Last Tuesday, 30th May, the Geezers learnt about the early history of plastics from 1800 to 1900. Carolyn Clark gave an illustrated presentation, and passed around samples of early plastics.
The Geezers heard about heat malleable, waterproof or strong natural materials such as horn, tortoise (turtle) shell, amber and ivory used for centuries to make combs, cups, boxes, balls etc. Then tree resins and sap, notably rubber from Brazil where it was first used 3,600 years ago. Europeans first saw rubber in the 16th century. The vulcanisation process, sales of waterproof material, shoe soles, bicycle and especially car tyres created a rubber boom. This cost the country of origin dear as the population became slaves to farming the raw material for European and American production.
The Victorian plastics race led to much experimentation, such as the mix of blood and sawdust, before the first semi-synthetic plastic, Parkesine, factory arrived in Hackney Wick in 1866. The ingredients to make this nitro-cellulose mix shared many similarities to gun cotton leading to some horrific accidents. In its incarnation as Xylonite, production moved to Homerton, then Hale End and onto Brantham in Essex.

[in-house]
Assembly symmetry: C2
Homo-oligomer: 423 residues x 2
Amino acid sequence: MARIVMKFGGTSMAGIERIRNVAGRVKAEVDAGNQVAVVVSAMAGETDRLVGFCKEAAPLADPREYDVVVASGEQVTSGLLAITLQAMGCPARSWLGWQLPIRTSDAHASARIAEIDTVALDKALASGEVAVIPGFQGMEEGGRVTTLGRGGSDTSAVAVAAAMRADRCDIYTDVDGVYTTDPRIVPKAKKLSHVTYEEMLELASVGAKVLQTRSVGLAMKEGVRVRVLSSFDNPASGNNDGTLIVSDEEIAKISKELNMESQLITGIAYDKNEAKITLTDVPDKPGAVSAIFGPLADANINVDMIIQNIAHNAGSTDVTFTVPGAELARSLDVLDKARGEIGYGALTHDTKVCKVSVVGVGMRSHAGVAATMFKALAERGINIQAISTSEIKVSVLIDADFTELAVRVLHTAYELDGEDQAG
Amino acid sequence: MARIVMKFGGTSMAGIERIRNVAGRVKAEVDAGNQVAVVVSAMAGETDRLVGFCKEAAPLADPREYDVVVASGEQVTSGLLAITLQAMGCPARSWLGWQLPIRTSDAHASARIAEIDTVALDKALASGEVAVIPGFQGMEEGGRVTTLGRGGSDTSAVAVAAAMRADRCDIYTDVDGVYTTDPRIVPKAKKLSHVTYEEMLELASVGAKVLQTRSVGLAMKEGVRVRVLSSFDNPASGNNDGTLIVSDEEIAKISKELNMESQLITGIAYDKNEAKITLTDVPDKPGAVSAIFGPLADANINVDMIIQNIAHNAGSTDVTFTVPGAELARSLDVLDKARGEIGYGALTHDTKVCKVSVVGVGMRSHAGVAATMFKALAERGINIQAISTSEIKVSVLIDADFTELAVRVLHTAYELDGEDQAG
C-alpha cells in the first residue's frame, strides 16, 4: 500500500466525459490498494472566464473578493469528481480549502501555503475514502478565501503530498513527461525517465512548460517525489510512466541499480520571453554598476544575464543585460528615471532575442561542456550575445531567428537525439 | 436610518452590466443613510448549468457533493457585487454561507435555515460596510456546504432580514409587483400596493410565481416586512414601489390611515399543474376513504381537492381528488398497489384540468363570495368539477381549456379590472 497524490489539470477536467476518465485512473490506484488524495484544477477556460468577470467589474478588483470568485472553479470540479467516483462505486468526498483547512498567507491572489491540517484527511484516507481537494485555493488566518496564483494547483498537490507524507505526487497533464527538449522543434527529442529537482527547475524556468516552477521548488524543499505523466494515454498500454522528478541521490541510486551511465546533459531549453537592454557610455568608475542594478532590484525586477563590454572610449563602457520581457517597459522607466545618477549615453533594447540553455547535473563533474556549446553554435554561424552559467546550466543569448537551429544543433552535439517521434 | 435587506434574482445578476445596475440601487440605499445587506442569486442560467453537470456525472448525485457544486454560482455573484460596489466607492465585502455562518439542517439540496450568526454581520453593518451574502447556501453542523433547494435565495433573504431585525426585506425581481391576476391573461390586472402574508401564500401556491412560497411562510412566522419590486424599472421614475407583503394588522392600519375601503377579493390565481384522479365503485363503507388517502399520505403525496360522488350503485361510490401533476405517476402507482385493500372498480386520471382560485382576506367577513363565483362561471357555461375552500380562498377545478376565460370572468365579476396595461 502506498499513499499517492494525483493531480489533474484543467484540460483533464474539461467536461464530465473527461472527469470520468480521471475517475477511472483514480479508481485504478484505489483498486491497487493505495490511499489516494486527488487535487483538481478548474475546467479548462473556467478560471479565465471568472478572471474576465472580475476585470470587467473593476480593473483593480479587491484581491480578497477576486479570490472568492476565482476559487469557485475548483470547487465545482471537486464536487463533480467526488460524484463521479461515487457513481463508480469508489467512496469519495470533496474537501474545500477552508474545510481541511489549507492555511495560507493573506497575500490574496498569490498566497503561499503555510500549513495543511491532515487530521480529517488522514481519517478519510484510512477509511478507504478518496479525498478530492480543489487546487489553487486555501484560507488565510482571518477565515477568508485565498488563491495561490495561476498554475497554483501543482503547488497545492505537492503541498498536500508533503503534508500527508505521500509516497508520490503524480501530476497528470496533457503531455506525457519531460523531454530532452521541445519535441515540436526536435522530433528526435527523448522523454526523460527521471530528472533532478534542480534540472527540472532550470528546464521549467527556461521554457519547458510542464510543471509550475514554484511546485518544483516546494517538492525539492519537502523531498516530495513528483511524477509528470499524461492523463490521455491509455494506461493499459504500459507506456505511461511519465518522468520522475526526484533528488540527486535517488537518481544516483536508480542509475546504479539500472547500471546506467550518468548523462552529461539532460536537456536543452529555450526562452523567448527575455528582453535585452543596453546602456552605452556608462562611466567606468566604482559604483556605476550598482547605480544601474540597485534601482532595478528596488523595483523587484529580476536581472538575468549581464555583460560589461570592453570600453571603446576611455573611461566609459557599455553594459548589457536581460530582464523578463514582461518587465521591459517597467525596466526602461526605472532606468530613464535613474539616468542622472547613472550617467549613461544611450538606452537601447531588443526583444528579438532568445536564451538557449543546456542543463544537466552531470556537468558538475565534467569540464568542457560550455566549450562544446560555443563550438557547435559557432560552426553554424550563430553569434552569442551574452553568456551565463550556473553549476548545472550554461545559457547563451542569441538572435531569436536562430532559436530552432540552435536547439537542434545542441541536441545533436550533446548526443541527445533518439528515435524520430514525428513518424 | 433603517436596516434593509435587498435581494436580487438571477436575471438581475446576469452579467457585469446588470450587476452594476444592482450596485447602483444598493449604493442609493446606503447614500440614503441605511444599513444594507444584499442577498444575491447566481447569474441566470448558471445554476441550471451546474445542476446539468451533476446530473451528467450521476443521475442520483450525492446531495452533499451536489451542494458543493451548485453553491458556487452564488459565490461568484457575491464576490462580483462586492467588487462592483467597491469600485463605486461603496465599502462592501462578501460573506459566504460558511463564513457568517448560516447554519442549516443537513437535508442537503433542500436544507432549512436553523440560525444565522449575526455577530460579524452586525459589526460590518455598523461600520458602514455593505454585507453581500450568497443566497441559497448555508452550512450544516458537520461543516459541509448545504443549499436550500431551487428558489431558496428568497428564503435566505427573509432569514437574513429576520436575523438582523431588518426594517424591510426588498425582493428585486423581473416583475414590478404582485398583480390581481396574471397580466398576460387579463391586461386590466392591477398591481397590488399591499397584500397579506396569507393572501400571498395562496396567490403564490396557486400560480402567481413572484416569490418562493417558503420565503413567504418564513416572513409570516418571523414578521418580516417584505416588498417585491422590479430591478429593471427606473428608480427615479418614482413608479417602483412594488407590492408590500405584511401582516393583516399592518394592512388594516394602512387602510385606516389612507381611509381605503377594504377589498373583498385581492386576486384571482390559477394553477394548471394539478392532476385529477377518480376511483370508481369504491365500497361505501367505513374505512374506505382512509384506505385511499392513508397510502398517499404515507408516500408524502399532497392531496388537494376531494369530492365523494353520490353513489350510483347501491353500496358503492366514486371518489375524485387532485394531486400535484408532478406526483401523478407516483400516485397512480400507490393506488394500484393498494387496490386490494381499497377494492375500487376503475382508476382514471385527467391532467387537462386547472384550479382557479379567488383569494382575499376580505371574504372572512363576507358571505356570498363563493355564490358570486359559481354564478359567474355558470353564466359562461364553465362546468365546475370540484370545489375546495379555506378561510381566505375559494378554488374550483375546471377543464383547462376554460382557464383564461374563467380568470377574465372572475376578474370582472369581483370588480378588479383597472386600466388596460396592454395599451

Carolyn said that the 1930s American Indian above was one of first plastic toy figures made in Germany of Elastolin, a composite of sawdust, clay and casein on a metal frame.
The Geezers were interested in the many East London references to gutta percha, rubber and celluloid industries. This was a fascinating talk. Carolyn is the author of several East End history books.
In concluding Carolyn said: “And then onto the C20 century and machine age, and how a sought after, valued and often expensive material solving many problems became a problem itself.”